Adult children of divorce

As I have mentioned before, my parents divorced when I was young. There is no doubt in my mind that it was the best decision for both of them. There is also no doubt in my mind that it was a hard decision for them to make.

I was one of the only children of divorce in my Catholic school (no surprises there), but as I reached high school, I realized that I had a lot of company. I met a lot of children of divorced parents, each with differing custody arrangements. Most of them were in their mom's full custody and got to see their fathers on Wednesdays and every other weekend. Others spent summers with their other parent.

And now, we are all grown up and talking about it. Which is a good thing. Because we are being honest with what we wanted as children. All that honesty is helping out our modern-day counterparts. A group of studies reveals that what children of divorced parents really want is open access to both their parents. The studies found that the parents who didn't have full custody wanted more time with their children. The studies also reveal that children wanted more everyday moments (bedtime routines, days at the park and eating meals together) with both parents.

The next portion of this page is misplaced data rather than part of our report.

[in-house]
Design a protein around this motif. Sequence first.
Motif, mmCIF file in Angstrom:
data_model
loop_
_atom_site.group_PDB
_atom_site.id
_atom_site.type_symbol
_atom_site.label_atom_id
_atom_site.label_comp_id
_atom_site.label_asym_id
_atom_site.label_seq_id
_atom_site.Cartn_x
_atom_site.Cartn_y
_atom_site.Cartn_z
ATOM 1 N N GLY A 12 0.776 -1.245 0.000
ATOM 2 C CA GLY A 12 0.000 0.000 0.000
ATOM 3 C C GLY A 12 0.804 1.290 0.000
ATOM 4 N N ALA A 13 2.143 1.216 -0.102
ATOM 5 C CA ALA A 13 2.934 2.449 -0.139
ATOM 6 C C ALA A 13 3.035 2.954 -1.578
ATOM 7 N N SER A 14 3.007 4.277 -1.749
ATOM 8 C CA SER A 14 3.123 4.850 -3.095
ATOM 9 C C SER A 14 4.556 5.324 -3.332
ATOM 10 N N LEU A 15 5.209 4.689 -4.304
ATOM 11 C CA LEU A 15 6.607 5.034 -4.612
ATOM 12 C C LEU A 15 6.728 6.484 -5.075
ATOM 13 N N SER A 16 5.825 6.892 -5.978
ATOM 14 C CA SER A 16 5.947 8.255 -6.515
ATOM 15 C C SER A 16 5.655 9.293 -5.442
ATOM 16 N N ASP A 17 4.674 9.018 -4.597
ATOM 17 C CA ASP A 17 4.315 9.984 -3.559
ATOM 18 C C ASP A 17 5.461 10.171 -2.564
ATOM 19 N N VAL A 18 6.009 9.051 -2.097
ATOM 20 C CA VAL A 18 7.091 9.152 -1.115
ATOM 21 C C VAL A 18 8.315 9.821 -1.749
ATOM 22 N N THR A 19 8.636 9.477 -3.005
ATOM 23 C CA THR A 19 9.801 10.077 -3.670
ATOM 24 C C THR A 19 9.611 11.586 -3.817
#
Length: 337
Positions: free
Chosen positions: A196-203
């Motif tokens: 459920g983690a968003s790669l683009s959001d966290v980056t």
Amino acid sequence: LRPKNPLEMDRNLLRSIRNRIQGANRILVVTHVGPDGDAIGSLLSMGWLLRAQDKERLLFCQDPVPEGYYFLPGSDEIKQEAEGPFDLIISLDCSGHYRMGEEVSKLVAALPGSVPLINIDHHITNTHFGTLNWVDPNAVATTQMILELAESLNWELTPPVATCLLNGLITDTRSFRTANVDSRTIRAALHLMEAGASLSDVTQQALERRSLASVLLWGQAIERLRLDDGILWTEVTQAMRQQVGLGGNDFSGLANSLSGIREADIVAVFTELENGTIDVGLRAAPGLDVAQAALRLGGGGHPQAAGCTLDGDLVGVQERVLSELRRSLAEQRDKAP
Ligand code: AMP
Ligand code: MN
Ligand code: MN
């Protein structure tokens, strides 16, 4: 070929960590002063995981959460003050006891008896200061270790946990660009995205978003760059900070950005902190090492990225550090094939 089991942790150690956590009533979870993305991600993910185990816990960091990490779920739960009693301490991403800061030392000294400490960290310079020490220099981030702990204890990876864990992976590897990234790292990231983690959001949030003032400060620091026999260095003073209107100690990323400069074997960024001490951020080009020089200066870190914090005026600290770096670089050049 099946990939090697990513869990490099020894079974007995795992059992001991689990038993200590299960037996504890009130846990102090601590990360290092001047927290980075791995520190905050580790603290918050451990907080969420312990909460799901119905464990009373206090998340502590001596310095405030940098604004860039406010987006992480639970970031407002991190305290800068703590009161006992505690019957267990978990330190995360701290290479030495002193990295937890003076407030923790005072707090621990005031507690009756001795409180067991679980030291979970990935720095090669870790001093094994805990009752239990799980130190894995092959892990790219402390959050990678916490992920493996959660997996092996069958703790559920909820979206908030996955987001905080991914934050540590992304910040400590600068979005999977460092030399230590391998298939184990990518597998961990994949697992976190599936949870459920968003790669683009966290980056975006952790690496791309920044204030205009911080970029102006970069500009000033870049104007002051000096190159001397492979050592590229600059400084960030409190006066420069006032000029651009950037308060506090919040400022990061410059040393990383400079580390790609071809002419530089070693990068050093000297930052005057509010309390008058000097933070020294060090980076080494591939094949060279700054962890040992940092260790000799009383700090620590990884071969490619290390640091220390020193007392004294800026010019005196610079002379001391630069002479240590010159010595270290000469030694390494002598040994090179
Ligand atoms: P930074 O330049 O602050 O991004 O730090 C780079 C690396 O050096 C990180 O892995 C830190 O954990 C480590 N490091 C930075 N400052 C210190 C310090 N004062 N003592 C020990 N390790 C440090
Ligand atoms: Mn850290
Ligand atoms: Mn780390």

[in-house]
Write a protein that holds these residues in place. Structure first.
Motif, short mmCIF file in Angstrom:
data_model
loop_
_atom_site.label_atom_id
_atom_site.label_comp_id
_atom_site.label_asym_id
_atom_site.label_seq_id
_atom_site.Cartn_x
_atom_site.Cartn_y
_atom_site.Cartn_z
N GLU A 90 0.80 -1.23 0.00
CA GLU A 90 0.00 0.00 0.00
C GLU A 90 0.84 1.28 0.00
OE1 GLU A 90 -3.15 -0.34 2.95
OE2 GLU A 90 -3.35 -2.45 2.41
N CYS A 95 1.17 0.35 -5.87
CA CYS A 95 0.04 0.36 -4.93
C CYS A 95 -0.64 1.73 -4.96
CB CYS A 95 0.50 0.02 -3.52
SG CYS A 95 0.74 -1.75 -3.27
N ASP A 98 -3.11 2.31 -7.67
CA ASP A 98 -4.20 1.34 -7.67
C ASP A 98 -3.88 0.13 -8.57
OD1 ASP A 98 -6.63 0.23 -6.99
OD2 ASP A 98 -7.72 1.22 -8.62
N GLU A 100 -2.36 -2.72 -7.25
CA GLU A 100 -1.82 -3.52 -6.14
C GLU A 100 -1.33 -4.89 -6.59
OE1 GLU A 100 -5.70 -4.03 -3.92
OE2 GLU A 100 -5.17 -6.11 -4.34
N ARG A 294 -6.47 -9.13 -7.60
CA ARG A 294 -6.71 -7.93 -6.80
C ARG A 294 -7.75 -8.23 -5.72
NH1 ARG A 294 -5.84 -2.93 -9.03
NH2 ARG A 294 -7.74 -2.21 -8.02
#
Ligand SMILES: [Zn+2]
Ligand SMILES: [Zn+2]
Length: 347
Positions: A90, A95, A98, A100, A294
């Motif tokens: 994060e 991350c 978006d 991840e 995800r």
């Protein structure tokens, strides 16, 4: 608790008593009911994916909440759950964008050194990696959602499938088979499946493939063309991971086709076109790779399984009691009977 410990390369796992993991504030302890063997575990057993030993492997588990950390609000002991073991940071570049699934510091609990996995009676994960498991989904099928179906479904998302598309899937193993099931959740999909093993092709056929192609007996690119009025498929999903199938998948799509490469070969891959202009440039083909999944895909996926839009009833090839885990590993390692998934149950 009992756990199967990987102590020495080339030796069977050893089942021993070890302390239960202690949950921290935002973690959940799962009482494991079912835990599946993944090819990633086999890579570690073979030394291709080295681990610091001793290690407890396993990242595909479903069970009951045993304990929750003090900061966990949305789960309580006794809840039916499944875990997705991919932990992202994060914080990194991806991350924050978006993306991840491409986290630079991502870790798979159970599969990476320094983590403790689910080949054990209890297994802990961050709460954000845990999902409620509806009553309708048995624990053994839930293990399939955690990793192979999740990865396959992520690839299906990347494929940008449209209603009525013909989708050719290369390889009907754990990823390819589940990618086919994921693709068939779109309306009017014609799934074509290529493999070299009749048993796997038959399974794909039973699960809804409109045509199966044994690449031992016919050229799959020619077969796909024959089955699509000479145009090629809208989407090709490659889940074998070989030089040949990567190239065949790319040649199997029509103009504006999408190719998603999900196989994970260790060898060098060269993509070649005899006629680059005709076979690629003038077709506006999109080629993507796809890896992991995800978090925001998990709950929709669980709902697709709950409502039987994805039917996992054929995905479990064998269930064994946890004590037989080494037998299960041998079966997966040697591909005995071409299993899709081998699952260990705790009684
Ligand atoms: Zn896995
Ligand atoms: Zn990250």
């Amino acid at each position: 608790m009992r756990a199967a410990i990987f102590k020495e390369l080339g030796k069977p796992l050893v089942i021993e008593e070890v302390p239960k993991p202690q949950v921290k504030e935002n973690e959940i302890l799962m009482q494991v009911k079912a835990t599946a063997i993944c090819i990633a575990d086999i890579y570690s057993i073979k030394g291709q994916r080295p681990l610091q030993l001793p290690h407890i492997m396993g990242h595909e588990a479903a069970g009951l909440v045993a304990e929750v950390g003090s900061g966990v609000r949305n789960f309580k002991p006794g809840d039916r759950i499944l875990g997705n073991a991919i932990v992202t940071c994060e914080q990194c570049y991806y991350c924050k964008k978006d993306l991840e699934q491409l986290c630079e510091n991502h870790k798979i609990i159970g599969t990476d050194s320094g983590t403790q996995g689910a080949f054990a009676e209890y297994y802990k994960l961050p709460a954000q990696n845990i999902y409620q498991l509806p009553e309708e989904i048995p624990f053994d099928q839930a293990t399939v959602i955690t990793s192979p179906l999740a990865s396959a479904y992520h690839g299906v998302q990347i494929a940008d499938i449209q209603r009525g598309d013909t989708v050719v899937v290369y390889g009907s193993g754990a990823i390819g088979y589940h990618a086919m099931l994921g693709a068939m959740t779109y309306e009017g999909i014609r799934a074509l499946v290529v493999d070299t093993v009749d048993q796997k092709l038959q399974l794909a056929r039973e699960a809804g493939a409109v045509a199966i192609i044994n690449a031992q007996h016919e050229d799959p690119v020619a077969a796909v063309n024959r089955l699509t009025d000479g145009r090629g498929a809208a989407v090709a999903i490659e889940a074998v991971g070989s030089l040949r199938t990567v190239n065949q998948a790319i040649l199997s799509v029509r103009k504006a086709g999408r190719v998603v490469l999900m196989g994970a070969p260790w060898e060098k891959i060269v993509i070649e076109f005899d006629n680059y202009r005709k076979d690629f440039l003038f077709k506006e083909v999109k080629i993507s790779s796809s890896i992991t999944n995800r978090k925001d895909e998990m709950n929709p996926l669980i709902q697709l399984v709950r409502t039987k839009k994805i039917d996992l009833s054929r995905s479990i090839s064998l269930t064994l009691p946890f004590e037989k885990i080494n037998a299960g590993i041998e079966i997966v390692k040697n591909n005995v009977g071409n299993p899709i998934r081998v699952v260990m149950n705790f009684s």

And of course, more time with both parents, was seen as a huge benefit to children. Moms and Dads bring different skill sets and dynamics to their relationships with their children. Allowing a child to experience those differences, even if their parents don't get along, made children the happiest. 

What did you want more of from your parents when you were younger? Tell me in the comments.

Working out a workout schedule - for dads

Before my husband and I were married, we would go to the gym together. We would get home from work around the same time, change clothes and hit the gym. It was nice to work out together because we could motivate each other and still spend time together.

Fast forward to today. I run, but at 5 am when no one else in my family is awake. My husband and I talk to our son about exercise when we play in the yard or ride bikes on weekends, but it never feels like it is enough - I want to show our son what exercise is like, not just talk to him about it.

For all my talk about exercise, there is one person I've neglected: My husband. (Sorry, Honey!) And, if he is anything like a lot of other men, he may be finding it hard to balance time for exercise with work and other responsibilities.

A recent study published in BioMed Central Public Health takes a look at the struggle many dads go through when trying to find the time to exercise. The men in the study reported thinking that it was "selfish" to carve time out of their already packed schedules to exercise, choosing to spend that time with their wives or children instead.

I already know that my husband isn't interested in running with me at 5 am (for many reasons). But I would like him to know that if he wants to work out during the day, then I am happy to have the conversation with him. Maybe I'll take over end-of-day bath duties a few times a week or make sure he has the time he needs on the weekends. 

After all, having mom and dad healthy benefits the entire family.